In Lights Out, Dr. Robert Casper introduces us to special glasses that help prevent disruptions in the sleep/wake cycle of night shift workers. The scientist with Mount Sinai Hospital's Samuel Lunenfeld Research Institute tells us how these glasses work and where we can get them.
CBC: Do the glasses have a name?
Dr. Casper: We call them Zircs among ourselves (short for ZircLight, a Massachusetts-based corporation that is developing the eyewear technology).
CBC: How do the glasses work?
Dr. Casper: There are 19 to 20 layers of coatings applied to the lenses that block light wavelengths in the blue range between 450 and 480 nanometres. By filtering out that range of blue light that suppresses melatonin, the glasses prevent the Circadian rhythm from being shifted.
CBC: How effective have the glasses been based on the feedback and quantifiable data you've collected?
Dr. Casper: They prevent melatonin suppression and improve sleep and performance in night shift workers. The feedback we've received has been positive. People are happy to wear them. We've found that the glasses improved the duration of night sleep to 40 to 60 minutes and that their sleep efficiency has improved.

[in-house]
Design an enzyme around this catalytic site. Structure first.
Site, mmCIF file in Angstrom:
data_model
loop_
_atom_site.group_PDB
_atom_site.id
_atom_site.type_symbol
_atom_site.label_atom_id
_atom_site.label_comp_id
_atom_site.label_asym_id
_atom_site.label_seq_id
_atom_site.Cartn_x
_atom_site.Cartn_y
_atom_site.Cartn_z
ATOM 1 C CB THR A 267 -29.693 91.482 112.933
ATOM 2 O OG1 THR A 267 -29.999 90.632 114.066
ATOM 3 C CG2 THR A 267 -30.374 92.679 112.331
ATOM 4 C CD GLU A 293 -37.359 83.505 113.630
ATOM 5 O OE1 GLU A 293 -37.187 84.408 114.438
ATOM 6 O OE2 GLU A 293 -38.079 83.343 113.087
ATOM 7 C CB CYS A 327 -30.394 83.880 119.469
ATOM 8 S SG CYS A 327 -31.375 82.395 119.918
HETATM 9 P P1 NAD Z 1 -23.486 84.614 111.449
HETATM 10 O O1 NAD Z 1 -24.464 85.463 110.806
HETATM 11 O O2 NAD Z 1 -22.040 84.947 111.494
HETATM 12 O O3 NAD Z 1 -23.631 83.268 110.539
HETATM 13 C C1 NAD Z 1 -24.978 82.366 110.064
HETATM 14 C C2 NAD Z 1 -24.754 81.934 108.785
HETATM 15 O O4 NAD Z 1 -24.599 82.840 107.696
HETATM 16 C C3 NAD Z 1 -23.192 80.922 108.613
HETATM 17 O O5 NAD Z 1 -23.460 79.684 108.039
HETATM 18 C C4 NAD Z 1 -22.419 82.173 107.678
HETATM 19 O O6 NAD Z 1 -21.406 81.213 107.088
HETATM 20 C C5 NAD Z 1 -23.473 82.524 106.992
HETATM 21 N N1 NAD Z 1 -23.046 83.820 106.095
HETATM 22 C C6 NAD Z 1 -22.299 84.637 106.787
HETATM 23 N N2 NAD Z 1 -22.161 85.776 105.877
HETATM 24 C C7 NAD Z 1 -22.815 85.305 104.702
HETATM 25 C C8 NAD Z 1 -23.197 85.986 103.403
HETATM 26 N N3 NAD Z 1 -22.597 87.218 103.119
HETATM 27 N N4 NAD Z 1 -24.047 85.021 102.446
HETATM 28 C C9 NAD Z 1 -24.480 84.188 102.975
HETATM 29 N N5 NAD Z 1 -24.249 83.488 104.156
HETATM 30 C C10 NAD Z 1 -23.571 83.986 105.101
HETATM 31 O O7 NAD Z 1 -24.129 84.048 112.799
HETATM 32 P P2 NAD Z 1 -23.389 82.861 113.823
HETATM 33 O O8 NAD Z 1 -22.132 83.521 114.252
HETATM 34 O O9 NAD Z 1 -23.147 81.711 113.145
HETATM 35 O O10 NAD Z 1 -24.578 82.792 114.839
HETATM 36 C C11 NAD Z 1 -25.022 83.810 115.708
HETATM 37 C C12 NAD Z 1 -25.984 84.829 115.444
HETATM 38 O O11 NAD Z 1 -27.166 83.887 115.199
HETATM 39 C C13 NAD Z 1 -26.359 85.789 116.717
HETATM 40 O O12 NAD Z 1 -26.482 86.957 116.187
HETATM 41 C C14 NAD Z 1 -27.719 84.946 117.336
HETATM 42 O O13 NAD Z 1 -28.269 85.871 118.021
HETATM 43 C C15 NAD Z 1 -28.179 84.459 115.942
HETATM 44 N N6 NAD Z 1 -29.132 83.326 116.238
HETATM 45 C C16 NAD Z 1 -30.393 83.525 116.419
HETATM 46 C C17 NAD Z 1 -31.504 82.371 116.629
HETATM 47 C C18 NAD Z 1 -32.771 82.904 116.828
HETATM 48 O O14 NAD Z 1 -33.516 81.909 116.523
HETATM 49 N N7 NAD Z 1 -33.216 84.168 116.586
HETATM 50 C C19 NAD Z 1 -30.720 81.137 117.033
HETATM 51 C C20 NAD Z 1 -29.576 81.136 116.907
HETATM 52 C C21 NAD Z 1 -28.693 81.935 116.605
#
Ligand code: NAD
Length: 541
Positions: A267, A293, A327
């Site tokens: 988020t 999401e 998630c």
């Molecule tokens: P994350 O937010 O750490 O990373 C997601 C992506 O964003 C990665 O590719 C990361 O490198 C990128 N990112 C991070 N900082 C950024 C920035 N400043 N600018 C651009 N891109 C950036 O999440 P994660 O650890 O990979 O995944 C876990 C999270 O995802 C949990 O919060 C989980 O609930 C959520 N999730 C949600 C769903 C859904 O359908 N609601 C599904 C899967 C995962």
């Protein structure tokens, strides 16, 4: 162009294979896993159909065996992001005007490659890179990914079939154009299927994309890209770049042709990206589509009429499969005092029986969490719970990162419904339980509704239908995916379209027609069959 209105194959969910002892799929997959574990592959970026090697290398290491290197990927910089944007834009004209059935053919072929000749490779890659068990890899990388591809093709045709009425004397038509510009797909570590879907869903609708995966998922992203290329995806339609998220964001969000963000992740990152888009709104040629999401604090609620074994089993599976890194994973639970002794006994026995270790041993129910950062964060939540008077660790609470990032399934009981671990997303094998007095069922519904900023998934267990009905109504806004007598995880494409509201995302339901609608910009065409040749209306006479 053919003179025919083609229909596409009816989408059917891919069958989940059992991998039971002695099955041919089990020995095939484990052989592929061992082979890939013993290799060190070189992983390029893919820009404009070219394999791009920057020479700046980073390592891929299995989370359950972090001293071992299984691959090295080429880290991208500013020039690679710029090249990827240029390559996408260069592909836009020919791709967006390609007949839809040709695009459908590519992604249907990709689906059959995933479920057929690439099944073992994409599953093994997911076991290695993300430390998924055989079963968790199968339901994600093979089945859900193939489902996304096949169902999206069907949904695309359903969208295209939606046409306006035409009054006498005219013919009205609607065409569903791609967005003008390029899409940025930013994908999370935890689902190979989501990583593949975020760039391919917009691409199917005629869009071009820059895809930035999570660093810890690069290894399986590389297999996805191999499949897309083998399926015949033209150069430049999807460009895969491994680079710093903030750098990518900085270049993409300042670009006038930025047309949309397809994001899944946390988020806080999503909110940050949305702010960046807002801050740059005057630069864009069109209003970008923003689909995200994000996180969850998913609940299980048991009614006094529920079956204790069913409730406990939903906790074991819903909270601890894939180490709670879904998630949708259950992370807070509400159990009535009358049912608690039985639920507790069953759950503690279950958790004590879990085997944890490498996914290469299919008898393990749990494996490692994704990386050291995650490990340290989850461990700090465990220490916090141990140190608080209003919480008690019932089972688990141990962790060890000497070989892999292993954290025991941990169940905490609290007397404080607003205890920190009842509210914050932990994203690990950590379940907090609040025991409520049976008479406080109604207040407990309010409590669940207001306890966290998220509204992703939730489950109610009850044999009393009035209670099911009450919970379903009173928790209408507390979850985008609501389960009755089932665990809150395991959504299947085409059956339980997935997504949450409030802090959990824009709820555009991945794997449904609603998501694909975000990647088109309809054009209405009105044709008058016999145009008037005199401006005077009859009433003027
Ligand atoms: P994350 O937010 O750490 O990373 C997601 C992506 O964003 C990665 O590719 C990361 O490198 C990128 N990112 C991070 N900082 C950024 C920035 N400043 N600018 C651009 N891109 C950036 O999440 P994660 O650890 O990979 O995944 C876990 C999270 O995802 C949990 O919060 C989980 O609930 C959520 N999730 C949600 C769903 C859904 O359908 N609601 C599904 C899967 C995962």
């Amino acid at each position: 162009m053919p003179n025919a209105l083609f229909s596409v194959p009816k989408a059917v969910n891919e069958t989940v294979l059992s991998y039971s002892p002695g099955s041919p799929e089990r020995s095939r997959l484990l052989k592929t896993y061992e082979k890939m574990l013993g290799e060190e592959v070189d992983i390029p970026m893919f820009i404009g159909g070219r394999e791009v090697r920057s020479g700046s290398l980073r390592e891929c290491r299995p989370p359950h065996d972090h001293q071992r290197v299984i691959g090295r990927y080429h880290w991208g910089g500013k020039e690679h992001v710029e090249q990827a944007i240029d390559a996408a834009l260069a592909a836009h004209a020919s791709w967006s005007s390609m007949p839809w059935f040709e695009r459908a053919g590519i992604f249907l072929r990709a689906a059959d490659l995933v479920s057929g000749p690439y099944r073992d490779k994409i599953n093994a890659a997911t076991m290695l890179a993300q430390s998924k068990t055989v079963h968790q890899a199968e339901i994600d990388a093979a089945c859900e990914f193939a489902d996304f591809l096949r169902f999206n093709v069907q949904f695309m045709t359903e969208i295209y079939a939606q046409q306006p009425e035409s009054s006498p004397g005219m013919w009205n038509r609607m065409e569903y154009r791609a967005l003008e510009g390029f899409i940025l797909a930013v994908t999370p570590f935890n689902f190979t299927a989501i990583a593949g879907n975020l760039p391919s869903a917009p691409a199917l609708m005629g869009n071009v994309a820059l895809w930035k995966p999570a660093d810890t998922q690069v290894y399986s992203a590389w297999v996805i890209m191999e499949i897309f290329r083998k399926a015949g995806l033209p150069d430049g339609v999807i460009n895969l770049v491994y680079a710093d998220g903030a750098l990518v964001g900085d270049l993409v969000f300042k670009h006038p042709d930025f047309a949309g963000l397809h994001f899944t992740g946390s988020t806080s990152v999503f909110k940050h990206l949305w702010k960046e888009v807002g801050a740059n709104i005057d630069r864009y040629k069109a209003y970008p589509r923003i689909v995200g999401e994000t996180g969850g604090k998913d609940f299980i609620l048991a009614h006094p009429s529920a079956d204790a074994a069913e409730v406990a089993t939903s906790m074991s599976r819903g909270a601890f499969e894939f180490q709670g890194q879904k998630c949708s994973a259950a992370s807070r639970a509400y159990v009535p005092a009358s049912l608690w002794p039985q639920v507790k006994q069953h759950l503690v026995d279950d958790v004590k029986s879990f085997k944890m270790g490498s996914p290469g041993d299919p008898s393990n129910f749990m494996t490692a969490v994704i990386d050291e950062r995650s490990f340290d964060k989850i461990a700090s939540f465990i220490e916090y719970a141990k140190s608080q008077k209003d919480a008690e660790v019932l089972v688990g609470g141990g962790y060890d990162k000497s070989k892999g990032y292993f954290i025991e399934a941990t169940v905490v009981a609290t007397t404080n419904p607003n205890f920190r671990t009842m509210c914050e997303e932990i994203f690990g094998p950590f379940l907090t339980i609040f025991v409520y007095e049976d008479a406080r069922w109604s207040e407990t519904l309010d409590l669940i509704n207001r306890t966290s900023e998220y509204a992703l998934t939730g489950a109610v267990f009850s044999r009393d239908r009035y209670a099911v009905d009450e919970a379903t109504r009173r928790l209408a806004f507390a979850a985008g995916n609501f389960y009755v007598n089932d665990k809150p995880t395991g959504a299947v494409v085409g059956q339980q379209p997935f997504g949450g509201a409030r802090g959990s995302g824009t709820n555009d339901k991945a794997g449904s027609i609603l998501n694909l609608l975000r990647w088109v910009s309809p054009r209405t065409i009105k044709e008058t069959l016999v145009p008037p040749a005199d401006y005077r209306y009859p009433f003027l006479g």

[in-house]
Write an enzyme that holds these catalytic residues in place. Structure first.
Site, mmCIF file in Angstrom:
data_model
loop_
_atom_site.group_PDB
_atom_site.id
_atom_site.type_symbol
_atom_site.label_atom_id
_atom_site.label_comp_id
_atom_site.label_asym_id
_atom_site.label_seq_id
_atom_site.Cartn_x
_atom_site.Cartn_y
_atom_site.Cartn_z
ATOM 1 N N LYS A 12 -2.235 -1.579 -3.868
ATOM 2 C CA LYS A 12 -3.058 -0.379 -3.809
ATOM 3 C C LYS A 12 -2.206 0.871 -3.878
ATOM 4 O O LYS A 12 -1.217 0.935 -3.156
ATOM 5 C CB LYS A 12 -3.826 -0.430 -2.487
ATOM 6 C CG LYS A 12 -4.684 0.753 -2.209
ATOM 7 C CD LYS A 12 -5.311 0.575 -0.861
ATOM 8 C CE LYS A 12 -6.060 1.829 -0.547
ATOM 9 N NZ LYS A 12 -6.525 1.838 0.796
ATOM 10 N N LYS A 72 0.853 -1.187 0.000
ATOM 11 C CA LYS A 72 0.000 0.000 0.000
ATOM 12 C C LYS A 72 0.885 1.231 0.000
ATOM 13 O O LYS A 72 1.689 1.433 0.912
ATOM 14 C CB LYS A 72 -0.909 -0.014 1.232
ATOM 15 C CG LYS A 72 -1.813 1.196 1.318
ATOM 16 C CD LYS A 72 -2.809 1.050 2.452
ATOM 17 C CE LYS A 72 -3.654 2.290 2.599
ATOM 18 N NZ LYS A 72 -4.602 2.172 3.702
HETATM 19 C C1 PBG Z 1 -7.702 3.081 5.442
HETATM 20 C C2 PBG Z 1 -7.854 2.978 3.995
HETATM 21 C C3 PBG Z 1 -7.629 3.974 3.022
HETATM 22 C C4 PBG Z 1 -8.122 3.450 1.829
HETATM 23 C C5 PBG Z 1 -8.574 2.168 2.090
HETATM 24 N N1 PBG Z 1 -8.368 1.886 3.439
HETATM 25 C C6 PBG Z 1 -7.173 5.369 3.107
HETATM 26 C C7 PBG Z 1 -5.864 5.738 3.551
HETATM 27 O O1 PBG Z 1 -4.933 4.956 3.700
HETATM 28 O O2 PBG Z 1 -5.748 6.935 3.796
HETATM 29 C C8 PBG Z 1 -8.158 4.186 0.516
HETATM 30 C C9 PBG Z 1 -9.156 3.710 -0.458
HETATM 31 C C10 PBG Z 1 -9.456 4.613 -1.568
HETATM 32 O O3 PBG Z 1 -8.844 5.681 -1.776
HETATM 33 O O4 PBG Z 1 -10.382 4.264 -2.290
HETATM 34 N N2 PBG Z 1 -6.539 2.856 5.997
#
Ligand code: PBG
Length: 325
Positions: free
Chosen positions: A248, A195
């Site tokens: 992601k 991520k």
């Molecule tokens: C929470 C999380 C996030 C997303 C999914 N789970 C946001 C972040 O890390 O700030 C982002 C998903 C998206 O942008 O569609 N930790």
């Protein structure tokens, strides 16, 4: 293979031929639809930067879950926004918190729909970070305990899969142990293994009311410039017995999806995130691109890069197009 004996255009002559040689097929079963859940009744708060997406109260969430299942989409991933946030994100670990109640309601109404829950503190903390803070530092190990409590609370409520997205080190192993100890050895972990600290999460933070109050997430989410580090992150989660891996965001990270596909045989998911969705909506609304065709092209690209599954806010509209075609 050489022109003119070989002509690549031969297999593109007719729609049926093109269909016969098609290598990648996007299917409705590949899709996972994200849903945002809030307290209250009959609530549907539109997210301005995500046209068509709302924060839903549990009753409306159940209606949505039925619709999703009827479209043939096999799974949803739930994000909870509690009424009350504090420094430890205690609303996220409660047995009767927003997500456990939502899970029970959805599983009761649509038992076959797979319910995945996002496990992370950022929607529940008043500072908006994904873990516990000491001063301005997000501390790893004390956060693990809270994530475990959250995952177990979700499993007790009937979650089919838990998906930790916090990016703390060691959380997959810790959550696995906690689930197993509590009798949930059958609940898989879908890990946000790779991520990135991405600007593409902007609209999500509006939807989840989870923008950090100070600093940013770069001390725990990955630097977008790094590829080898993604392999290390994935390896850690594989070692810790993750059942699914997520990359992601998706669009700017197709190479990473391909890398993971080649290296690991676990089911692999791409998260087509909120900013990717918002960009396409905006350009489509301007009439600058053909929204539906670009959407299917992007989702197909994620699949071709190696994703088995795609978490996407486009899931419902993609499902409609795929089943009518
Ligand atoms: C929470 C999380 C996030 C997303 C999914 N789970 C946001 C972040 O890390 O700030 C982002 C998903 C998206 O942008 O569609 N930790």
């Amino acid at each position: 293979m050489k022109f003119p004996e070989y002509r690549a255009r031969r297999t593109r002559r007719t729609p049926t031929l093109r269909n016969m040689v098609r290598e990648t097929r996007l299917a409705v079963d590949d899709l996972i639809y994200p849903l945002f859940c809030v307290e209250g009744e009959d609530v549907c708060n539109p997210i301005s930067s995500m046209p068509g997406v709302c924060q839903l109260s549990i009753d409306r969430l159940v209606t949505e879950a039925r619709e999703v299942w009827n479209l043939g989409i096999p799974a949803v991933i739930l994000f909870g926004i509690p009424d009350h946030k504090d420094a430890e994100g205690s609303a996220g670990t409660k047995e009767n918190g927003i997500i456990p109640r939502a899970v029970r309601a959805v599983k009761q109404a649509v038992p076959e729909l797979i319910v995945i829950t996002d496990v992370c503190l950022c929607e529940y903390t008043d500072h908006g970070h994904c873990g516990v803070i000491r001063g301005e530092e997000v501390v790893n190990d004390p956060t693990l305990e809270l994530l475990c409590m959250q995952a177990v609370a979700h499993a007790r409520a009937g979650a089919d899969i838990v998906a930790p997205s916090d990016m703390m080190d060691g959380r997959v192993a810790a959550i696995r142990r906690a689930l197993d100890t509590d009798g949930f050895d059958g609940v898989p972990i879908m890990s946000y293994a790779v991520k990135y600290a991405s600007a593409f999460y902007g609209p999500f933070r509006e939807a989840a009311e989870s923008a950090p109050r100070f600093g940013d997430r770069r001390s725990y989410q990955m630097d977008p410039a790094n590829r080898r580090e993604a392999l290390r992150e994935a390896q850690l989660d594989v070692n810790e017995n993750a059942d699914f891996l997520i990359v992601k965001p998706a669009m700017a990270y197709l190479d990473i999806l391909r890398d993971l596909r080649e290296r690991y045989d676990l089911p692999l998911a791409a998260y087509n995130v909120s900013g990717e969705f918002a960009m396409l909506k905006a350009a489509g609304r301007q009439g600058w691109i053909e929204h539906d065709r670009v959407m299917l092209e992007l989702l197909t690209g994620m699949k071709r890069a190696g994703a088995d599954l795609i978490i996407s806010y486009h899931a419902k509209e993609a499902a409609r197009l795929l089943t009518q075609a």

CBC: Where can the average consumer get a pair of these glasses?
Dr. Casper: They are not available yet. We are still developing the glasses and hopefully it will take three to six months to make them available. Some people may require to be fitted by an optometrist to make sure they look through the centre of the lens. When they are available, people can order them from their optometrist or opthamologist.
CBC: What are some other options consumers have to use the filters you've developed?
Dr. Casper: We are working on light bulbs and screen covers for LED tablets, phones and TV flat screens as well.
CBC: Is a prescription version in the works? Contact lens version?
Dr. Casper: Prescription lenses will be available to whatever prescription is required. They are not likely to be contacts. We can't make a soft lens with the coatings.